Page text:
Sky Pilot: raincoaster?

cessna 182

cessna 182

Yes. You’d be surprised, but I’m actually a more accomplished aerobatic pilot than the guy bringing you in to La Guardia. And The Sister is twice as accomplished.

I’m stealing these and copy/pasting them from a Gawker post about junior pilots, racing around the world to beat the Guinness book and dying in the process. Enough.

Really.

Enough.

I was a child pilot and I don’t have any issue with teaching kids to fly, but when you add the competitive aspect, and the extreme range of conditions mentioned above, you have a recipe for disaster. These competition kids die. They DIE in disproportionate numbers. Because of a fucking deadline, because of ambitious parents, because they are pushed too far.

Rebel Rebel

Tell it to this guy.

GregorMendel

“I was a child pilot.” Do tell!

raincoaster

I think I’ve told it a few times before, but what the hell.

My dad was a natural-born aviator who could make clunky, run of the mill planes do anything he wanted. Unfortunately for him, he did not come from the class who sent their sons to university, so he was a Sergeant, not an officer. As a non-officer, he wasn’t allowed to be a pilot, although he would occasionally give flying lessons to those who were, and wanted to try something different.

Most every weekend he’d take us up in a rented Cessna, my sister and me, and do aerobatic manoeuvres these planes were never meant for. They’re good planes, though, and he was an excellent pilot, so it was fine. Eventually he taught us. My sister could do an eight point barrel roll by the time she turned ten. I wasn’t that good, and only managed a four.

But we didn’t compete, we never felt pushed, and if we’d rather have stayed on teh ground that would have been okay with my father. It would have saved him saying (as he did every time we landed) “Don’t tell your mother.”

GregorMendel
Absolutely wonderful! Thanks for sharing even though you’ve done it before. I had no idea you had such an adventurous childhood. Dang.

raincoaster

Thanks. Actually, till I became a teen and started comparing myself to my peers, I’d no idea what we’d been doing was cool at all. Since high school, the only place it’s been cool is here, in the Gawker comment section.

PS still jelly my sister was the better pilot. We both went on to completely unrelated careers, her to high-level academic administration, me to (spam alert) The Cryptosphere.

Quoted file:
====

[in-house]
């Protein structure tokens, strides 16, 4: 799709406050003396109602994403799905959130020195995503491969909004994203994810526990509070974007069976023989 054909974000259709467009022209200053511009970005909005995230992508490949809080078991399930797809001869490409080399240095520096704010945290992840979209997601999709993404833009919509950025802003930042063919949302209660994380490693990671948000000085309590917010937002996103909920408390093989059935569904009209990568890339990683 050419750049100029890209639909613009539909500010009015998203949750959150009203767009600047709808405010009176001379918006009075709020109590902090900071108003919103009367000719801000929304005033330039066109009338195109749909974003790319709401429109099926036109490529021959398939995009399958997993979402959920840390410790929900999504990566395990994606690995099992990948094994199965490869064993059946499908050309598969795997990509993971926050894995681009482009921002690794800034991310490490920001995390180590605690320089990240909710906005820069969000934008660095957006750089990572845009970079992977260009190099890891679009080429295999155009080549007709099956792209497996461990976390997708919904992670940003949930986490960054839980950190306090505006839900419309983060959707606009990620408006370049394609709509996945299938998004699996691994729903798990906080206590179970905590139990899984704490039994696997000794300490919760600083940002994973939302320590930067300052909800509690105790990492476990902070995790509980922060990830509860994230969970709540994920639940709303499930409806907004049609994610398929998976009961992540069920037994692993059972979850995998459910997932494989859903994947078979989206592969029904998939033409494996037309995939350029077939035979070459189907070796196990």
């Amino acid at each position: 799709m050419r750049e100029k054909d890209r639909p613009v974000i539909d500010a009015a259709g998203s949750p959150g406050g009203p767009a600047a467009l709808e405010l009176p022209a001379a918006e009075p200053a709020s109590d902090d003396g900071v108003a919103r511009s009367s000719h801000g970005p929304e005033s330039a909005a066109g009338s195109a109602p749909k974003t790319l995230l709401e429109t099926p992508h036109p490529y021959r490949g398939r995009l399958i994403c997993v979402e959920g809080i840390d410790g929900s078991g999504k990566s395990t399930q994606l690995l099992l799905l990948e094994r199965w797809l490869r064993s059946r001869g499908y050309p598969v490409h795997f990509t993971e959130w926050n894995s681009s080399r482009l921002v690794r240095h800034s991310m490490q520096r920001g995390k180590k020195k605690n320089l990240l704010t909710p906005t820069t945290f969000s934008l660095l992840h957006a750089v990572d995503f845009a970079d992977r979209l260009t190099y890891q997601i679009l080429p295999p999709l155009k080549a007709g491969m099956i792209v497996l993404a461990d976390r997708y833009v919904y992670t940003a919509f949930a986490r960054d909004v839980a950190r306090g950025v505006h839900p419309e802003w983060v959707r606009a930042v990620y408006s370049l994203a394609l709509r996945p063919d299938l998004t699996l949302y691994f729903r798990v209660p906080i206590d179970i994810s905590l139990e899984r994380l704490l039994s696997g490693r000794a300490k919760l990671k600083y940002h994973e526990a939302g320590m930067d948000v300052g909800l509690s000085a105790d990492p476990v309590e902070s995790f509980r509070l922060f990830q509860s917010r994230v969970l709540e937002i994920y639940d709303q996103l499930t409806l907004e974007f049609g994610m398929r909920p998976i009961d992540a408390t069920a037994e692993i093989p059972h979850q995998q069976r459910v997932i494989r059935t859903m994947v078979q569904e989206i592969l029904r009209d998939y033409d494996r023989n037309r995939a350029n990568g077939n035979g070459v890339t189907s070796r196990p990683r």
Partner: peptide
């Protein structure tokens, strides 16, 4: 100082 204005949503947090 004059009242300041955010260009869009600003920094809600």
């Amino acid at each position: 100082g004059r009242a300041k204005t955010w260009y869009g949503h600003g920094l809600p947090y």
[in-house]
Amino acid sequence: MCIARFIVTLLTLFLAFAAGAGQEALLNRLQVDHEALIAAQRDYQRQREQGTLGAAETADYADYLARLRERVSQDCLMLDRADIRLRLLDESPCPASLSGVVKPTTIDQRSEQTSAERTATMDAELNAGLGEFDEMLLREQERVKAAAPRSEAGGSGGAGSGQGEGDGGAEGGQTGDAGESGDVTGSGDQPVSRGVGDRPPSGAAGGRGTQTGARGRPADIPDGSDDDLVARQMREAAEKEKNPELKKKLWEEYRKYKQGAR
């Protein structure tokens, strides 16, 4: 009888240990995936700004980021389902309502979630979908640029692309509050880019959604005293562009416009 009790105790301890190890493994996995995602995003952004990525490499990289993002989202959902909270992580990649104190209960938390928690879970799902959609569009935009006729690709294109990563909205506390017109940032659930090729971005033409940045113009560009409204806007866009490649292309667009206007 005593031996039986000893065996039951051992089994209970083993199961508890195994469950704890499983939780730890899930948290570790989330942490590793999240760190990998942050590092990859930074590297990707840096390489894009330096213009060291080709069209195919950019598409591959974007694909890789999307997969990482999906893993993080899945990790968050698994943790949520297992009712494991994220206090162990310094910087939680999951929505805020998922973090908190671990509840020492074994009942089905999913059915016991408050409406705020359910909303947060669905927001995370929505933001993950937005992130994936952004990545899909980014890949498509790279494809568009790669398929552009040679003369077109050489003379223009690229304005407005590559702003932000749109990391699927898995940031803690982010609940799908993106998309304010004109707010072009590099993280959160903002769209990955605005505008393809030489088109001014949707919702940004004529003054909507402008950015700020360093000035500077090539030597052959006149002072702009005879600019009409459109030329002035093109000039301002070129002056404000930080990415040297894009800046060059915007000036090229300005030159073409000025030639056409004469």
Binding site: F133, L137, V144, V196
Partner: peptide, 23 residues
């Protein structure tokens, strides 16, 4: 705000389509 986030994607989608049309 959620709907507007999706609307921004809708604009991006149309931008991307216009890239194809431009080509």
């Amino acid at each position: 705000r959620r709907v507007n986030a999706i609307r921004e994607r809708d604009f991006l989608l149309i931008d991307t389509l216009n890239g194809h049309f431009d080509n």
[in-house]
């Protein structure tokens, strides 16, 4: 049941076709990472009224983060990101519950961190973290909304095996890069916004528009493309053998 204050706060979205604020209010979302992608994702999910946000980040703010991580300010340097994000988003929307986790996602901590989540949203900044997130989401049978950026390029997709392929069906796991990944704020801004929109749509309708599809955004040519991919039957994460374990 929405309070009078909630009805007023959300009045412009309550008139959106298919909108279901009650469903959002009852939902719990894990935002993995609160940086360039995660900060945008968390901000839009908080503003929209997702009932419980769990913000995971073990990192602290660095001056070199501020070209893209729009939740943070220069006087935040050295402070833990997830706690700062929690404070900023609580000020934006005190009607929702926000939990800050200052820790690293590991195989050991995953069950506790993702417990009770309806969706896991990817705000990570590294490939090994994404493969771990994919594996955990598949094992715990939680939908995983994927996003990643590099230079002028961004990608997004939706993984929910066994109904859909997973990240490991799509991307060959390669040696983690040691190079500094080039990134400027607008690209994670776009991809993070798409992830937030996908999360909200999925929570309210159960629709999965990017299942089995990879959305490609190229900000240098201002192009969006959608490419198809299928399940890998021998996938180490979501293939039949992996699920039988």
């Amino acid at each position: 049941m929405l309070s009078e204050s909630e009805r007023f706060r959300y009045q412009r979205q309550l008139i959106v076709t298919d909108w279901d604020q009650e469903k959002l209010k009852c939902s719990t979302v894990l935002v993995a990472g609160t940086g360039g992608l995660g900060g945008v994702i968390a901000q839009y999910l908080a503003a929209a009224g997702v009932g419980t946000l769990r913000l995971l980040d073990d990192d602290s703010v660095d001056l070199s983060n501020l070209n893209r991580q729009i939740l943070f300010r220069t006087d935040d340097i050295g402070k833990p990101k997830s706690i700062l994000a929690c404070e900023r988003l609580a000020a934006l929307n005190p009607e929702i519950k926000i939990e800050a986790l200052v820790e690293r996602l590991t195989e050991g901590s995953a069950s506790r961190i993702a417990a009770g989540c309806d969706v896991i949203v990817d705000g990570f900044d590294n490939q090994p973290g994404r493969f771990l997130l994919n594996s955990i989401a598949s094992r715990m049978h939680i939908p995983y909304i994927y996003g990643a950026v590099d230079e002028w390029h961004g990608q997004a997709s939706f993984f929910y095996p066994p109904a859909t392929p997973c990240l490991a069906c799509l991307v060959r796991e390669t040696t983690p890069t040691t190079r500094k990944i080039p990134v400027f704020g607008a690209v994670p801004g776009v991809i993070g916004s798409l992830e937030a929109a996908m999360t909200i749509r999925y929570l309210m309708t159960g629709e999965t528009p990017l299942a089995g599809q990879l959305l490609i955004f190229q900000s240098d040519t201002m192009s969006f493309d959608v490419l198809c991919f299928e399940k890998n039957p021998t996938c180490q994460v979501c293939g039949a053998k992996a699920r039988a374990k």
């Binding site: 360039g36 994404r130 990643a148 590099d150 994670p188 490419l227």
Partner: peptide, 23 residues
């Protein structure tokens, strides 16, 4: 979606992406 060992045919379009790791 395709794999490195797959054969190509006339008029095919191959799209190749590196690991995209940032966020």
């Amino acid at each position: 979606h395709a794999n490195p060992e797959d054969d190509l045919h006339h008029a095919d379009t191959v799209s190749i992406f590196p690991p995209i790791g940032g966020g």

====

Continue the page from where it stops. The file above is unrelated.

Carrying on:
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Report from HOPE X: Surveillance, Snowden, Stratfor and Surprises

raincoaster:

Well, this was ironic. We sent a correspondent to cover the Hackers on Planet Earth conference. Guess what happened to him? Well, read on…

Originally posted on The Cryptosphere:

HOPE X, which took place in New York this past weekend, is one of the premiere events of the hacker calendar. The Cryptosphere correspondent Douglas Lucas was there, presenting on a panel, schmoozing over sushi, sneaking into the press room, and … but that would be telling!

Thursday

On my Thursday flight to the tenth Hackers on Planet Earth convention, half-asleep and writing my part for the Project PM panel, I wondered what this article—which I’m writing on the plane back—would report. Figured the weekend would be a thorny mix of “total surveillance NSA surveillance is a dire emergency wracking ruin on humanity RIGHT NOW” and passing out business cards.

The plane trip back, by the way, is enlivened by an email from an editor, asking why my latest article was doing so well on social media. Turned out WikiLeaks had tweeted the link. So, that was…

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Technological Imperialism: Nastaliq vs Google and Apple

raincoaster:

Our very first Op/Ed from author and poet Ali Eteraz on the casual censorship of Google and Apple vs language and identity

Originally posted on The Cryptosphere:

We are very happy to inaugurate our Opinion column with this piece by Ali Eteraz on the casual censorship of Big Technology, and its effect on language and identity.

I’m a Bay Area based writer who has gotten fed up with the disregard that Google and Apple have shown to the languages of hundreds of millions of people, especially Persian, Punjabi, and Urdu. That is at least 200 million people, if not more.

Basically, Apple & Google both treat these languages as “Arabic.” Even though Urdu has twelve more letters than Arabic, Apple thinks that Urdu speakers can use the Arabic keyboard.

Imagine your foreign phone maker expecting you to write without a letter as ubiquitous as E.

That’s what Apple demands from Urdu and Punjabi speakers. As for Google, it’s imposing an Arabic Naskh Script on these languages, which have traditionally been written in a cursive cascading script called…

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So, this happened

raincoaster:

Andrew WK is a fan of The Cryptosphere. Well, of course he is. He has taste!

Originally posted on The Cryptosphere:

The drumroll at the end of the internet

The drumroll at the end of the internet

Featured image via Mashable

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Spreaker of the House: introducing The Cryptosphere on AnonUKRadio

The Cryptosphere

The Cryptosphere

I’m a bit behind on my publicity stunting for my new news site TheCryptosphere, but here’s some! I know!!! Aren’t you excited?

Last week, which is to say July 6, 2014, I appeared as a guest on Topman‘s AnonUK radio show, which (particularly since Lorax got v&) is one of the most popular Anonymous podcasts in the world. Here’s their YouTube introduction to the concept of Anonymous itself:

And here is the podcast, featuring moi, Sue Crabtree of FreeAnonsd00minator, and more: